I am a whale researcher, a marine biologist, and an educator. I taught marine biology in LAUSD at San Pedro High School's Marine Science Magnet for 21 years. During the previous 10 years I was the head marine biologist and on-board instructor on boats that were floating classrooms for students from kindergarten through 12th grade and photographed whales and dolphins; I also worked as marine biologist for a variety of organizations including the Department of Fish and Game. I have a Bachelor's of Science degree from California State University, Long Beach in Zoology (emphasizing marine biology). I was an on-board naturalist in Alaska, Baja California, and California, naturalist and staff scientist while researching humpback whales in Massachusetts, and field researcher on harbor porpoise, humpback whales, and killer whales with the National Marine Mammal Lab in Alaska. I teach volunteers about cetaceans to help them become knowledgeable naturalists in the Cabrillo Whalewatch Program. Since 1983, I have served on the Board of Directors for the American Cetacean Society, Los Angeles Chapter (ACS/LA). Since 1984, I have been the director and coordinator of ACS/LA's shore-based Gray Whale Census and Behavior Project, based at Point Vicente and staffed by trained volunteers. I has been photo-identifying California killer whales and studying their distribution, natural history, and behavior for nearly 30 years.
4) What is a favorite work story or experience?
One whalewatching trip that will forever stand out in my memory among thousands was a 2005 trip off of Santa Barbara on the Condor Express; I was the onboard naturalist, and our special guest was Dr. Jane Goodall, chimpanzee expert, conservationist, and activist. As I said earlier, Jane was a huge inspiration to me, and helped spark my passion for studying humpback and killer whales as individuals, just as she did with chimpanzees. On an earlier whalewatching trip in southern California Jane had seen common dolphin; she said that all she hoped to see was one whale. That trip turned out to be the BEST WHALEWATCH TRIP EVER, including a record number of marine mammal species; we headed out toward San Miguel Island, on flat calm seas rare for that area. Adding to the magical quality of this day was that so many of our sightings appeared to directly approach Jane on the starboard bow and linger there, as she watched transfixed while holding her ever-present stuffed chimp. We saw California sea lions, harbor seals, a northern elephant seal, 2 bottlenose dolphins, 200 Pacific white-sided dolphin mixed in with 50 northern right whale dolphin, 8 Dall's porpoises, 17 blue whales (one of which may have been a very rare hybrid blue whale-fin whale), 2 humpback whales, and 40 Risso's dolphin (including 5 newborn calves with fetal folds that left their moms and raced over to where Jane was standing and lingered there). Also, whale scientist John Calambokidis with Cascadia Research Collective was photographing whales in this area from his inflatable; he boarded the Condor Express and discussed his research to a rapt audience, leaping off to try to get identification photos of that elusive possible hybrid whale! INCREDIBLE!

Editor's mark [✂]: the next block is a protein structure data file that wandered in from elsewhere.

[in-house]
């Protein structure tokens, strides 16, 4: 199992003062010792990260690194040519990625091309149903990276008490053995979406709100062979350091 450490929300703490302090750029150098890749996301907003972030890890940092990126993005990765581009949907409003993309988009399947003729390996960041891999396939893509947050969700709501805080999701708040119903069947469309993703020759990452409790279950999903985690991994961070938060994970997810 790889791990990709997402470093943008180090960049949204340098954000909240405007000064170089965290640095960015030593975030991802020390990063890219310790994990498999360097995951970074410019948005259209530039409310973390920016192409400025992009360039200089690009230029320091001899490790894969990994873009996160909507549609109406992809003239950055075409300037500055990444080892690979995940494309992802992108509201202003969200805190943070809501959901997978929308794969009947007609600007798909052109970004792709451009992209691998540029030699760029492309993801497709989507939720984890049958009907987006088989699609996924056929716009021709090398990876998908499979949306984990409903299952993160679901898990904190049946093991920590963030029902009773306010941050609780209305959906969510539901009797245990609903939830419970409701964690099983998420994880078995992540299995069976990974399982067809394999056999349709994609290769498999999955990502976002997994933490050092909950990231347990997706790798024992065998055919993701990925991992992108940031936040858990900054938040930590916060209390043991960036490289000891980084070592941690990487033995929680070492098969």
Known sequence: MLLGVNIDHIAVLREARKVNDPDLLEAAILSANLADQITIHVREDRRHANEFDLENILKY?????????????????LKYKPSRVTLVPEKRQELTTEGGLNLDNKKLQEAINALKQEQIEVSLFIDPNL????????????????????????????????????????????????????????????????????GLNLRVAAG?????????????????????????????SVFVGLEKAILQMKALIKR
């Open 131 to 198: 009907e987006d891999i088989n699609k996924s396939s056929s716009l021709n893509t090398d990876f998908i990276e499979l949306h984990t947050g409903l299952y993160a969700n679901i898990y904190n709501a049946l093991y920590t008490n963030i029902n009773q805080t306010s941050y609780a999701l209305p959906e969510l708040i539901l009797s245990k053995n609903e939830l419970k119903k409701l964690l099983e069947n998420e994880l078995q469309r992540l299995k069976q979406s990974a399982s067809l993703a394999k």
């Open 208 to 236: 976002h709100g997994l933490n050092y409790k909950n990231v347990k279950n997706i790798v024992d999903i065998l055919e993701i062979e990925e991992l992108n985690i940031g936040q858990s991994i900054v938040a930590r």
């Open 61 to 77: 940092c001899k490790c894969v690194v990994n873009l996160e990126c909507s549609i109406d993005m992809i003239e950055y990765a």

5) What advice can you provide to a student who might be interested
in working in your occupation some day?
Read all of the books, watch all of the television programs, attend all of the lectures given by experts in the field, and take all the science and math classes you can - especially marine biology and oceanography, genetics, ecology, environmental science, chemistry computer science, and statistics. Because you will need to be able to write about your work (as well as talk about it), a good background in writing is very helpful. I HIGHLY recommend that you volunteer in any related position: a marine museum, aquarium, or marine mammal care center: facilities often hire those who become familiar to them and demonstrate their passion through being a volunteer/docent/intern (which happened with me). Go on whalewatching trips, become a whalewatching guide, shadow a marine biologist in the field. Most importantly, ask lots of questions!
6) Any family members, including pets?
My husband, Dave Janiger: I met him while working on a blue whale in the Los Angeles Harbor that had been killed by a ship strike off of Mexico! I have a mom and dad, three sisters, six nieces, and one nephew. We have a pet bird: a female cockatiel named J.J.
7) What are your favorite book(s), foods, or hobbies?
Books: WHALE BOOKS, particularly those on killer whales. FOOD: Seafood, chicken curry, fruit, and dark chocolate. HOBBIES: I go out on boats whenever possible, and am ALWAYS taking photos!